Baakleen

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Baakleen
بعقلين
City
Map showing the location of Baakline within Lebanon
Map showing the location of Baakline within Lebanon
Baakleen
Location within Lebanon
Coordinates: 33°40′47″N 35°33′30″E / 33.67972°N 35.55833°E / 33.67972; 35.55833Coordinates: 33°40′47″N 35°33′30″E / 33.67972°N 35.55833°E / 33.67972; 35.55833
Country  Lebanon
Governorate Mount Lebanon Governorate
District Chouf District
Area
 • Total 14 km2 (5 sq mi)
Highest elevation 920 m (3,020 ft)
Lowest elevation 850 m (2,790 ft)
Population
 • Total 17,000
 • Density 1,200/km2 (3,100/sq mi)
Time zone EET (UTC+2)
 • Summer (DST) EEST (UTC+3)
Dialing code +961
Website www.baakleen.com

Baakleen or (Baakline) is a city located in Mount Lebanon, Chouf District, 45 kilometers southeast of Beirut. Altitude 850 – 920 meters high, Population is 17,000, area 14 square kilometers, Number of homes 2,870. Bordering Towns: Deir El Kamar, Beit Eddine, Aynbal, Deir Dourit,Symkanieh, and Jahlieh.

History[edit]

Founded in the 12th century by the Maan emirs, Baakline served as their capital until the early 17th century when its most famous Emir Fakhreddin II, moved to Deir el Qamar. Today Baakline is an important Druze town and seat of the sect's religious leader. The beautiful grand serail, the main administrative building of Baakline before World War II, has been restored and transformed into a public library. In the center of the village stands the palace of Sheikh Hussein Hamadeh, built in stages starting in 1591. In the area of the Serail are some Druze religious buildings of the 18th and 19th centuries, including, khalwats, (meeting places), and a maqam, or tomb. Additional to Ain Aldiaa water source and "Abou Shakra" family historical houses . Baakleen holds an important place in Lebanon’s history.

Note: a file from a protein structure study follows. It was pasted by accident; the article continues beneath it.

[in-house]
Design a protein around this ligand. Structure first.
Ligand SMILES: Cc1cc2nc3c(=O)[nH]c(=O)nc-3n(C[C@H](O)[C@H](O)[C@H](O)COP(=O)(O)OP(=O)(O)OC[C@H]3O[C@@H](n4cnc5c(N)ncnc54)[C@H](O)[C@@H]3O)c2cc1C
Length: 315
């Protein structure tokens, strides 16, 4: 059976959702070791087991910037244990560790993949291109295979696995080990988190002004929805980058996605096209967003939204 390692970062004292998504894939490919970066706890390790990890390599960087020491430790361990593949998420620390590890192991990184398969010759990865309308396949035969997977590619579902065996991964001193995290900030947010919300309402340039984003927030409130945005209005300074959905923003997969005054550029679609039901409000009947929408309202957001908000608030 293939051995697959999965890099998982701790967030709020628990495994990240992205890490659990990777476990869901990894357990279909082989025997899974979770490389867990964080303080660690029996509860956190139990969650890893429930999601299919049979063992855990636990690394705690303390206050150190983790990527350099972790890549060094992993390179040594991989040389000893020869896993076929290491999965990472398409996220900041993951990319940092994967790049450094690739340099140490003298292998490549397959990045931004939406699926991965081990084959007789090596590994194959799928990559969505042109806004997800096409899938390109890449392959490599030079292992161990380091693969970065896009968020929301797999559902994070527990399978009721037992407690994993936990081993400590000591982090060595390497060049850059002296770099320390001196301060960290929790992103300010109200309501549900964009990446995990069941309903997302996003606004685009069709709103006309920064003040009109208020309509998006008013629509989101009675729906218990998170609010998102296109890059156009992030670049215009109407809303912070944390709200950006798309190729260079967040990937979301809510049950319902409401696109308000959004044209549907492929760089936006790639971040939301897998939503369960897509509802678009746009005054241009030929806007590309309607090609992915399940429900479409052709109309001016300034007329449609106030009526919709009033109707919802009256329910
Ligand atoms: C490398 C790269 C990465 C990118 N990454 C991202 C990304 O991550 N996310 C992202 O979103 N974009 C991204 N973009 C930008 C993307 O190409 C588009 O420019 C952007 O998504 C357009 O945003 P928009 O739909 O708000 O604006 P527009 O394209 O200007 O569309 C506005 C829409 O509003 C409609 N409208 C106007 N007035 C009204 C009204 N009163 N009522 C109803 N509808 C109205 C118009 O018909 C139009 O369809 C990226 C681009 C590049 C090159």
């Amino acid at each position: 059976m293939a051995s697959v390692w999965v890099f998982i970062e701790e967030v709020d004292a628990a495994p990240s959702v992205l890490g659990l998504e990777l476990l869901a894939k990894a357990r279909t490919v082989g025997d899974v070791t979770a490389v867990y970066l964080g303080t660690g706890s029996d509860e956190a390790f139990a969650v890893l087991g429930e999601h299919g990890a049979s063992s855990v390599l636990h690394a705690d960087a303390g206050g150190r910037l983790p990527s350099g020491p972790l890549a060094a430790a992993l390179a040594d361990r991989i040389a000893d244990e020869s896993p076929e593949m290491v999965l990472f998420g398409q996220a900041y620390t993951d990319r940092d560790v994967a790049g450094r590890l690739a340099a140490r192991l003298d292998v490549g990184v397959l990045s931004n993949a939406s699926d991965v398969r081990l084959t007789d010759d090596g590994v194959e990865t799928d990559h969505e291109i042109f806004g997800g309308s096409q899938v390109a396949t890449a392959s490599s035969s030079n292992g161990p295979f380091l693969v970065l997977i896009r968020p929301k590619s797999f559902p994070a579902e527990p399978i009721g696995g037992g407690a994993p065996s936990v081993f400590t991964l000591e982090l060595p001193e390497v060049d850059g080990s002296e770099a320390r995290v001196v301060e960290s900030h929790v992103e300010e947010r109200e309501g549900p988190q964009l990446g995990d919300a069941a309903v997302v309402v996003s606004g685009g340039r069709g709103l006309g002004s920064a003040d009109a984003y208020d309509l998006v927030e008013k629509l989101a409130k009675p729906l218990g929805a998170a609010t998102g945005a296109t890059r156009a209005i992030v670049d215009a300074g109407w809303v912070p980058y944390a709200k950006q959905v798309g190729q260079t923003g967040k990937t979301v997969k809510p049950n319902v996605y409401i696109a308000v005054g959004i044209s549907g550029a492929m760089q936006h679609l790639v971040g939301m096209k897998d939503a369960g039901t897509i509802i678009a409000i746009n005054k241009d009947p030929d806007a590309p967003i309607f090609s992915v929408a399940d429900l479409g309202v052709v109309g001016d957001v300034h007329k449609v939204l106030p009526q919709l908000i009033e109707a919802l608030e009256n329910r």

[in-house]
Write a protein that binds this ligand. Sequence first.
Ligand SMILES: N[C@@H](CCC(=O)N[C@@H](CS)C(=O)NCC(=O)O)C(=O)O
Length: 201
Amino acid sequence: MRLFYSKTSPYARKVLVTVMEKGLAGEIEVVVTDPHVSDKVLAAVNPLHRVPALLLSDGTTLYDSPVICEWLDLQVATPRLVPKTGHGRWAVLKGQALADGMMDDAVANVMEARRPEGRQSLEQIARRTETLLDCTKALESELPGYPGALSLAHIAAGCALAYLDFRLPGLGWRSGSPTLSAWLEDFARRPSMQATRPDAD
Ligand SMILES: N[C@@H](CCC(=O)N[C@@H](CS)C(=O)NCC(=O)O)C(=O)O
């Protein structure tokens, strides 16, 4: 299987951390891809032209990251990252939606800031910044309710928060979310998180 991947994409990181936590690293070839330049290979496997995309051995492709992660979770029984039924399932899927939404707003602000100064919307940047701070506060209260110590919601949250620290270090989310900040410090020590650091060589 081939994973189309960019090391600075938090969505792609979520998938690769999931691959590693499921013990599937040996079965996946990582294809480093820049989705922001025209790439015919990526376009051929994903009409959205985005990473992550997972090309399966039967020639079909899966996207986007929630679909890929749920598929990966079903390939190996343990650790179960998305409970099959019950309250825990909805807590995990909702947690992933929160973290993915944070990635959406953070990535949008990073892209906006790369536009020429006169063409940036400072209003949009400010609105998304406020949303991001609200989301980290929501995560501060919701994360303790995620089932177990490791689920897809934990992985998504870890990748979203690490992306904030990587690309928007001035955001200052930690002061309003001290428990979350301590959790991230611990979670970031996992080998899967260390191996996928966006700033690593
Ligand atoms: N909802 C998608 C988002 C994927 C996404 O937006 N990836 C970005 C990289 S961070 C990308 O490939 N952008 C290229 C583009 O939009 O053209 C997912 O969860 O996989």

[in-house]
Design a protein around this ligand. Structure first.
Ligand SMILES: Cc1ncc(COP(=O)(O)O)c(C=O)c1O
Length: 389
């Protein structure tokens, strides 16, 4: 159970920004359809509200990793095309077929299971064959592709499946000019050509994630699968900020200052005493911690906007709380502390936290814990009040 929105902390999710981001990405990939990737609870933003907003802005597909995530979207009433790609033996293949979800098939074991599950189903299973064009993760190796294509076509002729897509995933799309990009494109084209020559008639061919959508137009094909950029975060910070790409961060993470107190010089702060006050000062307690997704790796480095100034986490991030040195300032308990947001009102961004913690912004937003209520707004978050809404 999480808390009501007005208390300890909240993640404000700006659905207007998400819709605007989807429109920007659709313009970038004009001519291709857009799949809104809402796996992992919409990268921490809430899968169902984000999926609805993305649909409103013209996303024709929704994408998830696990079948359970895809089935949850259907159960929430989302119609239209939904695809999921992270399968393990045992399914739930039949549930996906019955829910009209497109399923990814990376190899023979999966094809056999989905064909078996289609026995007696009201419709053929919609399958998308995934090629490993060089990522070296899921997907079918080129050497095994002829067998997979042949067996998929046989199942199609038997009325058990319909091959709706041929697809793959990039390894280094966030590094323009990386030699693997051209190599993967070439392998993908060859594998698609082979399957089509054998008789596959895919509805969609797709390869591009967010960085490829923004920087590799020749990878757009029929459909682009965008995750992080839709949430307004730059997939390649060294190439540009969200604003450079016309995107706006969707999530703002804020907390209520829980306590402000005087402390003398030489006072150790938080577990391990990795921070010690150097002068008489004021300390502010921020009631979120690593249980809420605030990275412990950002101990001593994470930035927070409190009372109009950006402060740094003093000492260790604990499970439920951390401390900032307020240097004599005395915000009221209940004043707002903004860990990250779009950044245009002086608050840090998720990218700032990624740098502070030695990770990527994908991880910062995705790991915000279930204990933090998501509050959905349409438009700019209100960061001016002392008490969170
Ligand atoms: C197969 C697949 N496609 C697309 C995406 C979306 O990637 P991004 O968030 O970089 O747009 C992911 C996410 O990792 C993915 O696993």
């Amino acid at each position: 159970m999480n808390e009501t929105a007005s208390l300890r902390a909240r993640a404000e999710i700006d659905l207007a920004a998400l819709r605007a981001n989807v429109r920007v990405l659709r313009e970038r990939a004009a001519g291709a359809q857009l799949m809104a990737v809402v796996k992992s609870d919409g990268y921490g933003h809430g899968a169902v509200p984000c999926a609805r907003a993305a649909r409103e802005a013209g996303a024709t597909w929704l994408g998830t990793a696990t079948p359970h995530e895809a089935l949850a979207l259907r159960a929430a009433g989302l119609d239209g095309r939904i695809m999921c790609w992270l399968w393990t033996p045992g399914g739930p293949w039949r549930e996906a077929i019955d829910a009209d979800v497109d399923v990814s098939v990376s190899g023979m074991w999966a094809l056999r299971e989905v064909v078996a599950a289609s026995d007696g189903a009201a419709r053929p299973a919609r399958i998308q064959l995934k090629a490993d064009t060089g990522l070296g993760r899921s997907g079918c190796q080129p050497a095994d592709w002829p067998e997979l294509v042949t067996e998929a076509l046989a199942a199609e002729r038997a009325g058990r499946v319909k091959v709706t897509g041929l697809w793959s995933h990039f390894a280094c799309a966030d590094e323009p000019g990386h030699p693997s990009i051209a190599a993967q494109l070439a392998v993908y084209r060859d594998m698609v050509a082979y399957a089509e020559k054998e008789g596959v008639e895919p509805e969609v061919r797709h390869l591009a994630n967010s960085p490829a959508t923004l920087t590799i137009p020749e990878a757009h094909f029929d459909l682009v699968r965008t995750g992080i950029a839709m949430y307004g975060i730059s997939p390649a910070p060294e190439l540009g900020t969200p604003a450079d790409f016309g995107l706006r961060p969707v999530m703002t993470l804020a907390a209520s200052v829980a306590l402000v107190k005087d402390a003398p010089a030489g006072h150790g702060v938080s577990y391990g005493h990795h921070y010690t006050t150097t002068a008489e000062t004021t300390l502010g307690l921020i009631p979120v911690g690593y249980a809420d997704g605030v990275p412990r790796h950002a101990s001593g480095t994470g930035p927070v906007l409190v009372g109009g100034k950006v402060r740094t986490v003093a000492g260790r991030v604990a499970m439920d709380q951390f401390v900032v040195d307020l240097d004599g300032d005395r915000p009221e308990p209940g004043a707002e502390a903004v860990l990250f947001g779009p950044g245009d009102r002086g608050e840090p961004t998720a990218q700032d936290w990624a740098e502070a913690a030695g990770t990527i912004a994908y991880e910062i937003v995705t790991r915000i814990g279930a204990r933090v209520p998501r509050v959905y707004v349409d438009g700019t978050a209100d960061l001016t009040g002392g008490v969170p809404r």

The roots of Lebanon as we know it today go back to Baakleen. Around the year 1120 A.D., Amir Maan Ibn Rabeaah, the great grandfather of Amir Fakher Eddine Al Maani the second who established “Lubnan Al Kabeer”, settled in Baakleen with his tribe. He was supported by his in-laws, the Tanoukhyeen. Amir Maan was married to the daughter of Amir Noaaman Al Tanoukhy. Historians agree that Baakleen was the capital of the Maani Emirate.

Due to water shortages in Baakleen, the Maani Amirs were attracted to Neighboring Deir Al Kamar (according to Druze archives, called Dar Al Kamar), where they built many palaces and a mosque that still stands in the middle of the town square carrying the name of Amir Fakher Eddine Ibn Othman Ibn Al Hajj Younis Al Maani (1493 AD). The last of the Maan family Amirs was Amir Ahmad who died in 1697 A.D. and with his death, the rulers of the Emirate became the Shihab family who were tied to the Maan family through intermarriages and alliances.

Under the Ottoman rule, Baakleen came back to the forefront as one of the “Qasabat” or major towns. It served as the summer capital for the Druze “Qaem Makqam” or the local governor in the name of the Ottoman Sultan.